Closeout for M97060020 On June 23, 1997, we received a letter from the complainant1 alleging the subject2 committed intellectual theft because the subject's paper contained some similarities of ideas and results to his unpublished manuscript. The complainant believed the subject, who was the thesis advisor of the complainant, took ideas from a manuscript the complainant was preparing for his thesis and published them.3 The complainant said he raised this issue with a Dean4 in his university who told him to withdraw the allegation. The complainant alleged that the Dean retaliated against him by expelling him from the university when he did not retract his allegation against the subject. The complainant agreed to provide documentation to support his allegations of intellectual theft and retaliation. The complainant provided copies of his manuscript, the subject's paper, an earlier paper of the subject's from which both complainant and subject use as a starting point for their calculations, and a document comparing the complainant's and subject's manuscripts. Both the complainant and the subject begin from the same point and have the same goal (to extend the applicability of the subject's earlier result). Because of the similar starting point and end goal, it is not unexpected that there might be some similarities in methodology and some use of the same terminology; it is possible that such similarities are common to the field. We asked a scientist in the fields to compare the documents the complainant provided and provide an assessment of his allegation of intellectual theft. The scientist discussed specific technical points about why he believed the two manuscripts were different. The scientist wrote that the complainant's manuscript used one method while the subject's paper used a different method to achieve their respective results. He also noted that their respective approaches and notation was very different, and the similarities in the two manuscripts was not obvious and required a lot of technical discussion. He thought that although there was some overlap in the ideas, the possibility of intellectual theft was "remote" and "it is much more likely that this is a case of parallel discovery by two sets of authors who began by trying [to] extend the results of the same paper." The complainant did not provide the documents that he said he would to support his allegation of retaliation. Without such documentation, there is no evidence to substantiate that allegation. OIG believes the scientist's analysis is fair, accurate, and reasonable. Because of their different approaches to a similar problem, the complainant could submit his 1 (footnote redacted). 2 (footnote redacted). 3 (footnote redacted). 4 (footnote redacted). 5 (footnote redacted). Page 1 of 2 Closeout for M97060020 paper for publication just as the subject did. Based on the evidence we have, this inquiry is hereby closed and no further action will be taken on this case. cc: Legal, AIG-Oversight, IG Page 2 of 2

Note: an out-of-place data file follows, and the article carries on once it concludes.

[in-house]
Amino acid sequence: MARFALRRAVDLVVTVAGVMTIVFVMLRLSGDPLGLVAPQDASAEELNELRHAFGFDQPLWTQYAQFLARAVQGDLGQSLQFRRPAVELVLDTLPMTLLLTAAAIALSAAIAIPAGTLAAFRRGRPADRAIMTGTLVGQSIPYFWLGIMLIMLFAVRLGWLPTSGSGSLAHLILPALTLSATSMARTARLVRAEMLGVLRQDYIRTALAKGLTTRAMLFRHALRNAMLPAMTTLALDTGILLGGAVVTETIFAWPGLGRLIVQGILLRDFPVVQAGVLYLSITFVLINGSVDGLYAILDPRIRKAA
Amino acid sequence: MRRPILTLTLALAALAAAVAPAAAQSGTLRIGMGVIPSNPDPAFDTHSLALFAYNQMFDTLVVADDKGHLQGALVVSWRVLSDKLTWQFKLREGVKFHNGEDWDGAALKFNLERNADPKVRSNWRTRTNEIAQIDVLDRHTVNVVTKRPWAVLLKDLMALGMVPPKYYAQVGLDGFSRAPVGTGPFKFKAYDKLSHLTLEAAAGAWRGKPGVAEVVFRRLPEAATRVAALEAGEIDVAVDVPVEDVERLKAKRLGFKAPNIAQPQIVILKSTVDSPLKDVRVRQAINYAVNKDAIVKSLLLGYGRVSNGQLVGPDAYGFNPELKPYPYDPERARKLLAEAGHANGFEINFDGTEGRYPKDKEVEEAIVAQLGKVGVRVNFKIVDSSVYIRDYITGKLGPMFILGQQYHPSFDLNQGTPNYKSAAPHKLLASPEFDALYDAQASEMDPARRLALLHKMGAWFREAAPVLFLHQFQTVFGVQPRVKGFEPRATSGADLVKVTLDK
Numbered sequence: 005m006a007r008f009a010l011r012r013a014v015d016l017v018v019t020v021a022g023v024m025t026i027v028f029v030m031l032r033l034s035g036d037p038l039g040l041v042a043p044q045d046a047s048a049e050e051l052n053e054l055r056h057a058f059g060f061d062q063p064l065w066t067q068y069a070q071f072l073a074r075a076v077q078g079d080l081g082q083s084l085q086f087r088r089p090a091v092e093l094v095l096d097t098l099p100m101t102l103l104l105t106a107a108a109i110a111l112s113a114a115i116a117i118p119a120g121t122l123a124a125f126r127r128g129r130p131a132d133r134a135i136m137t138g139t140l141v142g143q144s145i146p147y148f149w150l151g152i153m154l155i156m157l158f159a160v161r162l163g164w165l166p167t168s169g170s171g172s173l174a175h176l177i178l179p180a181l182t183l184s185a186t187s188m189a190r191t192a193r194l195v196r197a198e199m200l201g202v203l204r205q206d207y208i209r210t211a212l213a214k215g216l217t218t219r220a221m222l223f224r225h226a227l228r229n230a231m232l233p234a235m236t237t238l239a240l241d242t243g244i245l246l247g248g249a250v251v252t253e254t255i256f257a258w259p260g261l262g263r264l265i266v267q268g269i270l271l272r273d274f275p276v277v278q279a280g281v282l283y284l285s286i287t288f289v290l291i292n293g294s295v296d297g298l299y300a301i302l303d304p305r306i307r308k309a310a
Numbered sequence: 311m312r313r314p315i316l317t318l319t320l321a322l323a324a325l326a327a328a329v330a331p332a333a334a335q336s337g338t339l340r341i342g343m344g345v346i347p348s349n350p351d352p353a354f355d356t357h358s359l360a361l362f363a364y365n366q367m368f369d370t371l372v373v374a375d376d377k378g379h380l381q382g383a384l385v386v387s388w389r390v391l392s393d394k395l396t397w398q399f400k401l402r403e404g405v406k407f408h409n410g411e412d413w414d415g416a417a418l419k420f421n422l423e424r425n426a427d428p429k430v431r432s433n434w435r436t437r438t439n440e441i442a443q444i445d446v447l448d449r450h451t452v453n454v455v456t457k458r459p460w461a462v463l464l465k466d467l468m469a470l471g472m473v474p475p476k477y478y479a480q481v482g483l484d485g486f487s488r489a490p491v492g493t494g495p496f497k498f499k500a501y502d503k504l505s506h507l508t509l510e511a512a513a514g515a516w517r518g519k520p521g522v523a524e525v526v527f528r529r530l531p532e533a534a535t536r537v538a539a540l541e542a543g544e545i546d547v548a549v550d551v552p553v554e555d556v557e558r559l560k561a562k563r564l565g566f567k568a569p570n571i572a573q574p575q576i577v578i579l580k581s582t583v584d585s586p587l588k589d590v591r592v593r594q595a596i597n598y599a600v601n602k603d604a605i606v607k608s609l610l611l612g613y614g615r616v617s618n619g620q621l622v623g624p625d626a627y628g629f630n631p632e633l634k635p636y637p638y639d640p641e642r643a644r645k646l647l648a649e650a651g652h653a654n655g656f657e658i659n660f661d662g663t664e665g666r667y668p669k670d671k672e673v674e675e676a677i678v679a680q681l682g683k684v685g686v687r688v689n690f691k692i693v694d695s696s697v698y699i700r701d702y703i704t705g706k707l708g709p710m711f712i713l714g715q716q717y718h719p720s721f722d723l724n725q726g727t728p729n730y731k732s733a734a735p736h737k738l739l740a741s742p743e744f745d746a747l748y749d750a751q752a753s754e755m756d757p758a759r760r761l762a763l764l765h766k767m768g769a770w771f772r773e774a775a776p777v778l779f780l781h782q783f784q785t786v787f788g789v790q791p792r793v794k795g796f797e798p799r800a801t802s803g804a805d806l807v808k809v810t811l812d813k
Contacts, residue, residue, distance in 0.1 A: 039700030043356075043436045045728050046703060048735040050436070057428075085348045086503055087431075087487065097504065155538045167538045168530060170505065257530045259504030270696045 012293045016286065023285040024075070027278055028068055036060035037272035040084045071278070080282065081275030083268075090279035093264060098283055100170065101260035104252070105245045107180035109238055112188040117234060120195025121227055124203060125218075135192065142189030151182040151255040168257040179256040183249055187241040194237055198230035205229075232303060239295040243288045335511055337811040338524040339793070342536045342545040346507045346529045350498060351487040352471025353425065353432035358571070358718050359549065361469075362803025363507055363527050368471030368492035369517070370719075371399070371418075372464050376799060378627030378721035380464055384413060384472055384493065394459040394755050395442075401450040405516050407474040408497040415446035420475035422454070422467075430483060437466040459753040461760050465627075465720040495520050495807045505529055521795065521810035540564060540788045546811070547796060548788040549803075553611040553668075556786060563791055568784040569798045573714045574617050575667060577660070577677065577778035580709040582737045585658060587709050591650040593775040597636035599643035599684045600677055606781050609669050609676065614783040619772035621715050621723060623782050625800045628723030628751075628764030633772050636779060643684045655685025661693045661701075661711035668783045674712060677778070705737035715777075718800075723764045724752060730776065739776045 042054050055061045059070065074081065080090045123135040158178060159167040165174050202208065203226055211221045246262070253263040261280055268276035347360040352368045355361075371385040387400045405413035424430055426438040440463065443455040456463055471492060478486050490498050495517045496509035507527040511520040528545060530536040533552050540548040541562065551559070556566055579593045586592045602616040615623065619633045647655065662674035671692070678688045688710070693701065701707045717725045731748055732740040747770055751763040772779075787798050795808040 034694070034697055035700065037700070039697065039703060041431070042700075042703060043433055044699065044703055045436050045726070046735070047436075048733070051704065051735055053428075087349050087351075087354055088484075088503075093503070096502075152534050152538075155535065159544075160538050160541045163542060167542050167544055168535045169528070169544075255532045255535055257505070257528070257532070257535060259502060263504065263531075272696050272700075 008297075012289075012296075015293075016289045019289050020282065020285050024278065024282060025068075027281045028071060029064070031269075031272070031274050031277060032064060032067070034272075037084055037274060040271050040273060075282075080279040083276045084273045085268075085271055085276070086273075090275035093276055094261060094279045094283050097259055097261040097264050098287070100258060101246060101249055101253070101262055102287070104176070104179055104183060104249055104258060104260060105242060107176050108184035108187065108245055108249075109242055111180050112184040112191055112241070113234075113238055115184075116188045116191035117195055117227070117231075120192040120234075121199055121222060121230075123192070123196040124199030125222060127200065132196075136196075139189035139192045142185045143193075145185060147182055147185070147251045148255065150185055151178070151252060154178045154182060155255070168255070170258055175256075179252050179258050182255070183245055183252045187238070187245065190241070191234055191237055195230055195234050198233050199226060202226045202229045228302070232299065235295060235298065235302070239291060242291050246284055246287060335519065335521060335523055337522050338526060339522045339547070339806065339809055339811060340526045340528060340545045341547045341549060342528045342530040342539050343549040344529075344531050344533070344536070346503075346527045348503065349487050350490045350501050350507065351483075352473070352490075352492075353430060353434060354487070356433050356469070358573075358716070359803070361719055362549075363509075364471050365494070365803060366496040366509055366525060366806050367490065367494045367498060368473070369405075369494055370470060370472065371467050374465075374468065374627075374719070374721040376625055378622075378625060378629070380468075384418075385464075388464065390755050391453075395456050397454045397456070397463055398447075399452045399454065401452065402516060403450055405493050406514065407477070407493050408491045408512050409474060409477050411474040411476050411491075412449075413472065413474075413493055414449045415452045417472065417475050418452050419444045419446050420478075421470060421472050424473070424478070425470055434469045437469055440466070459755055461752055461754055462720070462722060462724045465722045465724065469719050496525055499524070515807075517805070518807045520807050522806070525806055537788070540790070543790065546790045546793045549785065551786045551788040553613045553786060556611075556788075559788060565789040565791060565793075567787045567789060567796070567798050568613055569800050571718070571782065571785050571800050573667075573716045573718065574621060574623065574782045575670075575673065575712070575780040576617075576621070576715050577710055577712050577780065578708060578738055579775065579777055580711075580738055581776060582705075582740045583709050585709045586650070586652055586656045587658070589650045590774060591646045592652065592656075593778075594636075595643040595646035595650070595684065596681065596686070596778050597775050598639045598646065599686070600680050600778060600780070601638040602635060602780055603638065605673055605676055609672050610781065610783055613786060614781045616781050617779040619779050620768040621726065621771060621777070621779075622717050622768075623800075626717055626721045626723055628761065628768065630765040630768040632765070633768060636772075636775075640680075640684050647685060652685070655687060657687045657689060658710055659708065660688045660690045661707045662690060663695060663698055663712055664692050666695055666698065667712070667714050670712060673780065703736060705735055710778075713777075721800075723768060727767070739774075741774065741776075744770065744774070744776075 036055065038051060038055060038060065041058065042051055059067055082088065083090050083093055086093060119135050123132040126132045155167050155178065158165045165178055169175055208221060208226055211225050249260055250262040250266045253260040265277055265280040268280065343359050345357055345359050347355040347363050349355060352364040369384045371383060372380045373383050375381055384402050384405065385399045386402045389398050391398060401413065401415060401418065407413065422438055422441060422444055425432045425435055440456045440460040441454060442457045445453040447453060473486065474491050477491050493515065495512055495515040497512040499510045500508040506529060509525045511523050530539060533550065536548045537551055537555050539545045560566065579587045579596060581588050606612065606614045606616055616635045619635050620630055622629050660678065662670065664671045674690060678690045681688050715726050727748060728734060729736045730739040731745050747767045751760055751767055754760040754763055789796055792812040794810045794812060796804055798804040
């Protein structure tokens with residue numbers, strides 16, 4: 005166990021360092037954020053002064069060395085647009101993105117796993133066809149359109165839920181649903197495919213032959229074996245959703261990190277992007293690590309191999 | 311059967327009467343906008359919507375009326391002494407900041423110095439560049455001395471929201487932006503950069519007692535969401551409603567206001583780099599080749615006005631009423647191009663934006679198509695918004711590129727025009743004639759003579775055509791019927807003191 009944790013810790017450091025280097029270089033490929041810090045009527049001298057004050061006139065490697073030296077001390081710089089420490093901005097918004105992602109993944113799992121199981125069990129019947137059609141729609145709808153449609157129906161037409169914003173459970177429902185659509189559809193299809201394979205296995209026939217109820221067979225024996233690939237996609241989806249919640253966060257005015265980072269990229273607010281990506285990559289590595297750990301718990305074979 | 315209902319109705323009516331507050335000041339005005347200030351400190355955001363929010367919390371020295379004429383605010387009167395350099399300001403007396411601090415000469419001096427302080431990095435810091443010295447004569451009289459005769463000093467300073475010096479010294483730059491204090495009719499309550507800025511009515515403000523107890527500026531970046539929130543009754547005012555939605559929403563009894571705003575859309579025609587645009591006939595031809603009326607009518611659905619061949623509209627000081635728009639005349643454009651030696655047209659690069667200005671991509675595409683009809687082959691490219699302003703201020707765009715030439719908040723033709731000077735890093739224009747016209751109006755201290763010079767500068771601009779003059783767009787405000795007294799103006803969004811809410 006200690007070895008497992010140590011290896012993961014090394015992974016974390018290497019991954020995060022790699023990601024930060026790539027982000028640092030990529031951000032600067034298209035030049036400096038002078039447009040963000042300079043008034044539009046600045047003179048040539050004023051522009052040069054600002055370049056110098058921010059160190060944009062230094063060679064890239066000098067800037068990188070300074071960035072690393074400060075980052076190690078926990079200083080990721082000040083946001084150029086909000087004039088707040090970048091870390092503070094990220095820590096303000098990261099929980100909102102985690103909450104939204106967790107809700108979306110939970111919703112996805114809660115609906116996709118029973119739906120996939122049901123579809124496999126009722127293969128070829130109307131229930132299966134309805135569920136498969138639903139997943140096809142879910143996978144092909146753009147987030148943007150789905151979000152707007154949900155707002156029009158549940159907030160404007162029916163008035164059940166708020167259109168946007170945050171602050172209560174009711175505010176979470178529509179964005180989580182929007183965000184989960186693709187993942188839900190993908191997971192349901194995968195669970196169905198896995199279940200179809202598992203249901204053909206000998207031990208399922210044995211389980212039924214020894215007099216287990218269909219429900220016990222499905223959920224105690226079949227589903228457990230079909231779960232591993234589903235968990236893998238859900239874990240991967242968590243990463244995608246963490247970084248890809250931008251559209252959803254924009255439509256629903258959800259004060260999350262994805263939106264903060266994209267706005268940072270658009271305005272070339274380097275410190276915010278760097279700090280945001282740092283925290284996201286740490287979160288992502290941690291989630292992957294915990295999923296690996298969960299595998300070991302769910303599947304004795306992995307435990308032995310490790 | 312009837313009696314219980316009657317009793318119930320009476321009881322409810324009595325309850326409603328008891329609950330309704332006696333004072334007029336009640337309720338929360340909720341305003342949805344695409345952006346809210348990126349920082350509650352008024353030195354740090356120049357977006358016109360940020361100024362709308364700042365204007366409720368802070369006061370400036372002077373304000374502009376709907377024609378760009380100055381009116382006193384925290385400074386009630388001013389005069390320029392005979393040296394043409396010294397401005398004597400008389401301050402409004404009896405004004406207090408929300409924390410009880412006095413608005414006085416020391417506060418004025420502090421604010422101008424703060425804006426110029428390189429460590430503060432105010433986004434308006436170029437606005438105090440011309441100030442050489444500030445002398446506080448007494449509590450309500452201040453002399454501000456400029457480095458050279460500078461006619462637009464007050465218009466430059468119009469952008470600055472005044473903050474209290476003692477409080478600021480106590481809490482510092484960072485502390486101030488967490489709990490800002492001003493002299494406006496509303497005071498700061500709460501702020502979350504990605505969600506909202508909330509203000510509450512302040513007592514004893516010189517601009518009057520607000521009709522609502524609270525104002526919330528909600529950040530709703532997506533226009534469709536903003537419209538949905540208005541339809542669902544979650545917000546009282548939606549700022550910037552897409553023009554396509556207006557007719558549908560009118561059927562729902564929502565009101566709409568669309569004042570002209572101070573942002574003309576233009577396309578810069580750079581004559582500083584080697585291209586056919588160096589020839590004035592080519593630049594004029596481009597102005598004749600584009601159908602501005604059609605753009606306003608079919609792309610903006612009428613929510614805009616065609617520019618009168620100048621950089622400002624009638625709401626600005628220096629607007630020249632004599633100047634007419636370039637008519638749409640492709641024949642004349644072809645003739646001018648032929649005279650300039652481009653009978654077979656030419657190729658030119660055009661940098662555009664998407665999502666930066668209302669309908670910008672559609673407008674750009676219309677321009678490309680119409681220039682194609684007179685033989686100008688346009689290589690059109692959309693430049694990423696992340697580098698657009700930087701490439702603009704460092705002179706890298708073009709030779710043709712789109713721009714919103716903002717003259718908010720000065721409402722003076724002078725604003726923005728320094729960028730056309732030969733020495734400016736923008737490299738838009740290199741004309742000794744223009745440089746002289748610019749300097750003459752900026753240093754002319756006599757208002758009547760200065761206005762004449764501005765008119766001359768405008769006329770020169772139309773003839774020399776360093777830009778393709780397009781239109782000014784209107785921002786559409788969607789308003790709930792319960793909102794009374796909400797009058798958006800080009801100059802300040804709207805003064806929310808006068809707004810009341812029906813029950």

Published by the National Science Foundation, Office of Inspector General on 1998-09-30.
Below is a raw (and likely hideous) rendition of the original report. (PDF)